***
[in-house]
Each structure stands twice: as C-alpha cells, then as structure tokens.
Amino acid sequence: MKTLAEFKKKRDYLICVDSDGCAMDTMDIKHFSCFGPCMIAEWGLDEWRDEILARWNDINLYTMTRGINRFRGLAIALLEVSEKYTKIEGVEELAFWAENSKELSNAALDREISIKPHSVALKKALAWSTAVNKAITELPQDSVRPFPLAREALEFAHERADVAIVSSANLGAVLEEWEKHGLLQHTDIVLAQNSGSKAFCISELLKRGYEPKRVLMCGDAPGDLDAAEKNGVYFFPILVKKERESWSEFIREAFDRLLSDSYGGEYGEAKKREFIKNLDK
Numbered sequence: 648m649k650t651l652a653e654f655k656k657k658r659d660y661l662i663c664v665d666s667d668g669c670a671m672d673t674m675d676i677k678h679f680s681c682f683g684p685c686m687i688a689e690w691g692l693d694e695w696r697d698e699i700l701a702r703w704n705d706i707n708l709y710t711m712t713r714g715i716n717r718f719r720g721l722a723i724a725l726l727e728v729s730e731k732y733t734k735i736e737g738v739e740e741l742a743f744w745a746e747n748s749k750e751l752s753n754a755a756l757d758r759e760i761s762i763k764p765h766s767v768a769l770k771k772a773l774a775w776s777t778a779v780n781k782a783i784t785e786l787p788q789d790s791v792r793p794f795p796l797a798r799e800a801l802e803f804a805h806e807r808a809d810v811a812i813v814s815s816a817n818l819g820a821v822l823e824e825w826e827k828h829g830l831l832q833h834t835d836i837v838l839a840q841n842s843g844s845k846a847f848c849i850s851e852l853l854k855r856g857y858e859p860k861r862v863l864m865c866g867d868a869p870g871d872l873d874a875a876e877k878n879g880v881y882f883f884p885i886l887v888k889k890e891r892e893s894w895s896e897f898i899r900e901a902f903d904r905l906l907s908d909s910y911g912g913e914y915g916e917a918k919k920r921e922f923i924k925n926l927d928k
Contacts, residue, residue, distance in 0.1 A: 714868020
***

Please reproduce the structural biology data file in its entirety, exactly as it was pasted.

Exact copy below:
[in-house]
Each structure stands twice: as C-alpha cells, then as structure tokens.
Amino acid sequence: MKTLAEFKKKRDYLICVDSDGCAMDTMDIKHFSCFGPCMIAEWGLDEWRDEILARWNDINLYTMTRGINRFRGLAIALLEVSEKYTKIEGVEELAFWAENSKELSNAALDREISIKPHSVALKKALAWSTAVNKAITELPQDSVRPFPLAREALEFAHERADVAIVSSANLGAVLEEWEKHGLLQHTDIVLAQNSGSKAFCISELLKRGYEPKRVLMCGDAPGDLDAAEKNGVYFFPILVKKERESWSEFIREAFDRLLSDSYGGEYGEAKKREFIKNLDK
Numbered sequence: 648m649k650t651l652a653e654f655k656k657k658r659d660y661l662i663c664v665d666s667d668g669c670a671m672d673t674m675d676i677k678h679f680s681c682f683g684p685c686m687i688a689e690w691g692l693d694e695w696r697d698e699i700l701a702r703w704n705d706i707n708l709y710t711m712t713r714g715i716n717r718f719r720g721l722a723i724a725l726l727e728v729s730e731k732y733t734k735i736e737g738v739e740e741l742a743f744w745a746e747n748s749k750e751l752s753n754a755a756l757d758r759e760i761s762i763k764p765h766s767v768a769l770k771k772a773l774a775w776s777t778a779v780n781k782a783i784t785e786l787p788q789d790s791v792r793p794f795p796l797a798r799e800a801l802e803f804a805h806e807r808a809d810v811a812i813v814s815s816a817n818l819g820a821v822l823e824e825w826e827k828h829g830l831l832q833h834t835d836i837v838l839a840q841n842s843g844s845k846a847f848c849i850s851e852l853l854k855r856g857y858e859p860k861r862v863l864m865c866g867d868a869p870g871d872l873d874a875a876e877k878n879g880v881y882f883f884p885i886l887v888k889k890e891r892e893s894w895s896e897f898i899r900e901a902f903d904r905l906l907s908d909s910y911g912g913e914y915g916e917a918k919k920r921e922f923i924k925n926l927d928k
Contacts, residue, residue, distance in 0.1 A: 714868020